In a robust discussion of the issues facing campus — including trash violations on Football Saturdays, revising the Student Code of Conduct and the safety of Minor in Possession citations — student leaders and the top faculty governing board promised to work together to find solutions.

Michigan Student Assembly President Abhishek Mahanti and Vice President Mike Rorro visited the Senate Advisory Committee on University Affairs weekly meeting to raise their concerns and illicit faculty help.

“Just us being here we realize that we’ve got friends,” Mahanti said. “That’s a really reassuring thing.”

The two sides offered to help each other accomplish their goals that included revising the Student Code of Conduct to make it more practical, using Ann Arbor and University Police more effectively to protect students from crimes and avoiding possible fallout from a new smoke-free initiative taking effect in 2011.


Once every three years, MSA and SACUA collaborate to revise the Statement of Student Rights and Responsibilities, or the Student Code of Conduct — which is meant to govern student behavior on campus.

This year, MSA is working on adding a “Good Samaritan Policy” to the statement. The addition would solve some of the problems students encounter when a party goes awry, like refusing to call for help for friends who pass out from drinking for fear of repercussions for themselves.

“If a student is intoxicated and underage and calls for aid for another student, he won’t receive a minor in possession simply because he called in,” Rorro said of the proposed changes.

Currently, underage students who have been drinking and call for help while in a residence hall receive a minor in possession — a citation for minors who have had any alcohol in their body. Rorro said this deters students from helping others in need of medical attention.

“If you do (call) and the cops do come, then they will give you a minor in possession as well,” Rorro said. “So in fact, instead of immediately calling to save this person’s life, you would hesitate.”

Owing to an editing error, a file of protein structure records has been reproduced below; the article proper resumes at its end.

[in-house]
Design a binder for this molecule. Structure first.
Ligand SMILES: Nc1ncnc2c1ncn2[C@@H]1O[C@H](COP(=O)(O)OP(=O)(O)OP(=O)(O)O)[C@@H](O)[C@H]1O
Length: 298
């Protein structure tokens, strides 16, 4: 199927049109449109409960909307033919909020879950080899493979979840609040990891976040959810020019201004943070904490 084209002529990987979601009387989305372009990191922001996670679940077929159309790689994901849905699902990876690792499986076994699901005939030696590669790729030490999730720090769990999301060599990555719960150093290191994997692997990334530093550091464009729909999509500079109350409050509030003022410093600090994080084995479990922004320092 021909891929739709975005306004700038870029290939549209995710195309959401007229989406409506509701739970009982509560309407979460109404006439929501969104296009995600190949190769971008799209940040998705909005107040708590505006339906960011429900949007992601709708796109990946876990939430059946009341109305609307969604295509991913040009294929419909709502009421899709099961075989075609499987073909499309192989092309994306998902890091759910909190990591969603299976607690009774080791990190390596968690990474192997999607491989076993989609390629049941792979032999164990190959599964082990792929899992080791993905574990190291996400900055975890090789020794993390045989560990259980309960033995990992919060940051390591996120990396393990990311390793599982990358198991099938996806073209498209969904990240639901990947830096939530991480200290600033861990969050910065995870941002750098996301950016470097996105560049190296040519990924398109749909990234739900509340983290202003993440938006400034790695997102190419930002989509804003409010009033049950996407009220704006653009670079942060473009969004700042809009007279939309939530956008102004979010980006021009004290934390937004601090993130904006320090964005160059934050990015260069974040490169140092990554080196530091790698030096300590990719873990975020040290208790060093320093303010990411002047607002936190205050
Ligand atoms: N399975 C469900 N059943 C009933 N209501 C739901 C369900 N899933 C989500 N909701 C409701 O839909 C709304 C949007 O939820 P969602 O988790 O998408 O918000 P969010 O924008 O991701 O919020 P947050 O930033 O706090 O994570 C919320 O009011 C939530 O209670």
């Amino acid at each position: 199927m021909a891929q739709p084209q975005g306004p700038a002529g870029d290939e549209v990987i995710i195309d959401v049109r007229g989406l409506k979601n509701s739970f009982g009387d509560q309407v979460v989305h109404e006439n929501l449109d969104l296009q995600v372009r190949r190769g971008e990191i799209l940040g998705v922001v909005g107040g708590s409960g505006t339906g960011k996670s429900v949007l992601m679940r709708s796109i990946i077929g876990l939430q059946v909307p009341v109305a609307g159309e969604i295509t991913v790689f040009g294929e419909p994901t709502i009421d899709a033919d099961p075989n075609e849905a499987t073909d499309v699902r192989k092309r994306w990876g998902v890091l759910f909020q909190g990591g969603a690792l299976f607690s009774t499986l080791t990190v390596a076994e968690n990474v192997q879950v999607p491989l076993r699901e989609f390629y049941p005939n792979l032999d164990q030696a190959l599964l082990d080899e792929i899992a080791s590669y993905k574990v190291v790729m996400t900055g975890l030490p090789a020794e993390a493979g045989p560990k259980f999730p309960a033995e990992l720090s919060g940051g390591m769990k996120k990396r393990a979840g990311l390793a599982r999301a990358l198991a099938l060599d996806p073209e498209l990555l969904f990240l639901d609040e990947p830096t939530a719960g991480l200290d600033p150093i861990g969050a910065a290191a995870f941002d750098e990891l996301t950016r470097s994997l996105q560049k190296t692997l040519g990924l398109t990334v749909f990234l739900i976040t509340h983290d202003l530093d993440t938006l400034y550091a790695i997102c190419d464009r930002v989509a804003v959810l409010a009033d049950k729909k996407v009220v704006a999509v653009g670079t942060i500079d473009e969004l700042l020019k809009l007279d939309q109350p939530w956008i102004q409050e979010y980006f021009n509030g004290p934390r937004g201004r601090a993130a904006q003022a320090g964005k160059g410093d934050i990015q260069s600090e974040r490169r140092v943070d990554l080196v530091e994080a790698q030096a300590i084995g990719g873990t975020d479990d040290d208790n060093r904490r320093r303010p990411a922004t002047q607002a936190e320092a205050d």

The goal of the new policy would be to eliminate the fear of getting an MIP and being punished for helping a friend, Rorro said.

MSA will send its revisions for the Student Code of Conduct to SACUA by the end of the month. The board will then make changes to the document before sending it to University President Mary Sue Coleman for approval.


According to Mahanti, there has been an increase in the number of fines students have received for littered lawns during football games, at least in those reported to MSA.

“We’ve heard lots of complaints from students that say literally 20 minutes after the big shift has gone from the houses to the stadium, the city officials come through and give fines,” Mahanti said.

Mahanti said students have been receiving fines that range from $500 to $700 — reporting that fines increase with each violation and messy renters who have received tickets in prior years cause the hike in fines, even if the current tenants didn’t live there before.

While MSA is working with the Ann Arbor City Council on the issue, SACUA members agreed that police services could be used more efficiently to improve campus safety.

Mahanti said students are concerned about the recent break-ins at fraternities, sororities and other houses near campus where laptops, iPods and football tickets have been stolen. In yesterday’s paper, the Daily reported on a string of crimes that occurred this past weekend, some of which occurred during the football game.